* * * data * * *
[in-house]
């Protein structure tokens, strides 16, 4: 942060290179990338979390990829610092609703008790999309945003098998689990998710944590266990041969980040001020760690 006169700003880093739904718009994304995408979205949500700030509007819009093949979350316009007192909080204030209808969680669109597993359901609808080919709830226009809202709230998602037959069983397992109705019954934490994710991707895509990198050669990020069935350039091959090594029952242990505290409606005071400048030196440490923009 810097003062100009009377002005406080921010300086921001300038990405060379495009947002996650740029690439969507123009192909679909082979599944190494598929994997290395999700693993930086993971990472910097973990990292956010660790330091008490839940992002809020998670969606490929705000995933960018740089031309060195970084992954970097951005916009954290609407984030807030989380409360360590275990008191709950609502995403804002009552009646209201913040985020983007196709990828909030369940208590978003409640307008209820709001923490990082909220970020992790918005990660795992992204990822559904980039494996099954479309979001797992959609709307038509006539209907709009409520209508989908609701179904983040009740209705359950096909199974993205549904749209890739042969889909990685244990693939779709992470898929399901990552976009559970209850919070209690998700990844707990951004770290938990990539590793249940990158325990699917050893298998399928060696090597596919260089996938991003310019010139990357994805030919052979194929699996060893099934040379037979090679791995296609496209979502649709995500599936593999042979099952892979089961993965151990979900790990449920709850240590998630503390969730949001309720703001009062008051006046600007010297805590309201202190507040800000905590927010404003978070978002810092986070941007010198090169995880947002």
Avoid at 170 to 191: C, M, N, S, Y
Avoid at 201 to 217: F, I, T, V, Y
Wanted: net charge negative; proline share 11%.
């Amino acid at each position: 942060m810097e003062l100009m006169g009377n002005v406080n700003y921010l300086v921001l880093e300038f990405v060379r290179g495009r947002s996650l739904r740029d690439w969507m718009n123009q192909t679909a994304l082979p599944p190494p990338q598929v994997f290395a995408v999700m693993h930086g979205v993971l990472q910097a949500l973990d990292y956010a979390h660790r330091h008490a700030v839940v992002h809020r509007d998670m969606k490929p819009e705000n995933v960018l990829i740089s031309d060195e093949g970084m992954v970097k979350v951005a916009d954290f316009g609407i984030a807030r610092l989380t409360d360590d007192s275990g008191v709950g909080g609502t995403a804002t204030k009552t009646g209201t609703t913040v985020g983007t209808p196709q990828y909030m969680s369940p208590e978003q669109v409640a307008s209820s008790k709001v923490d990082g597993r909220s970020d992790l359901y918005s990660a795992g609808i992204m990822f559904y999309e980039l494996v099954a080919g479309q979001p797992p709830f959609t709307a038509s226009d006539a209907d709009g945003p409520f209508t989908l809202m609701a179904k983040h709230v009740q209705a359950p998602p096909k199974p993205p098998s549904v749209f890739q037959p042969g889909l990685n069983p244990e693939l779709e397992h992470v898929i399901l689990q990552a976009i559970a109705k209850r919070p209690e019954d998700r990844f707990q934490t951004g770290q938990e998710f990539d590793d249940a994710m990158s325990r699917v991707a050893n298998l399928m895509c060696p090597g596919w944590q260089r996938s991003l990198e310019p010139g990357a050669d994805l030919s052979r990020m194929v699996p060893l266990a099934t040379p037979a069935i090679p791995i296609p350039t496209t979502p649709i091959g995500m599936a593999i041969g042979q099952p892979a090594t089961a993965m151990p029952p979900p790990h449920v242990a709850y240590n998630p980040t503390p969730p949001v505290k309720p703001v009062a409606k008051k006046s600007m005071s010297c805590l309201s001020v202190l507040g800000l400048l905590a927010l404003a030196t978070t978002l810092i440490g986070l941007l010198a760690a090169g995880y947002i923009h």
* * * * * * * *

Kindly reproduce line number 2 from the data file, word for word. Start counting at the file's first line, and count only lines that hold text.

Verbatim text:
């Protein structure tokens, strides 16, 4: 942060290179990338979390990829610092609703008790999309945003098998689990998710944590266990041969980040001020760690 006169700003880093739904718009994304995408979205949500700030509007819009093949979350316009007192909080204030209808969680669109597993359901609808080919709830226009809202709230998602037959069983397992109705019954934490994710991707895509990198050669990020069935350039091959090594029952242990505290409606005071400048030196440490923009 810097003062100009009377002005406080921010300086921001300038990405060379495009947002996650740029690439969507123009192909679909082979599944190494598929994997290395999700693993930086993971990472910097973990990292956010660790330091008490839940992002809020998670969606490929705000995933960018740089031309060195970084992954970097951005916009954290609407984030807030989380409360360590275990008191709950609502995403804002009552009646209201913040985020983007196709990828909030369940208590978003409640307008209820709001923490990082909220970020992790918005990660795992992204990822559904980039494996099954479309979001797992959609709307038509006539209907709009409520209508989908609701179904983040009740209705359950096909199974993205549904749209890739042969889909990685244990693939779709992470898929399901990552976009559970209850919070209690998700990844707990951004770290938990990539590793249940990158325990699917050893298998399928060696090597596919260089996938991003310019010139990357994805030919052979194929699996060893099934040379037979090679791995296609496209979502649709995500599936593999042979099952892979089961993965151990979900790990449920709850240590998630503390969730949001309720703001009062008051006046600007010297805590309201202190507040800000905590927010404003978070978002810092986070941007010198090169995880947002």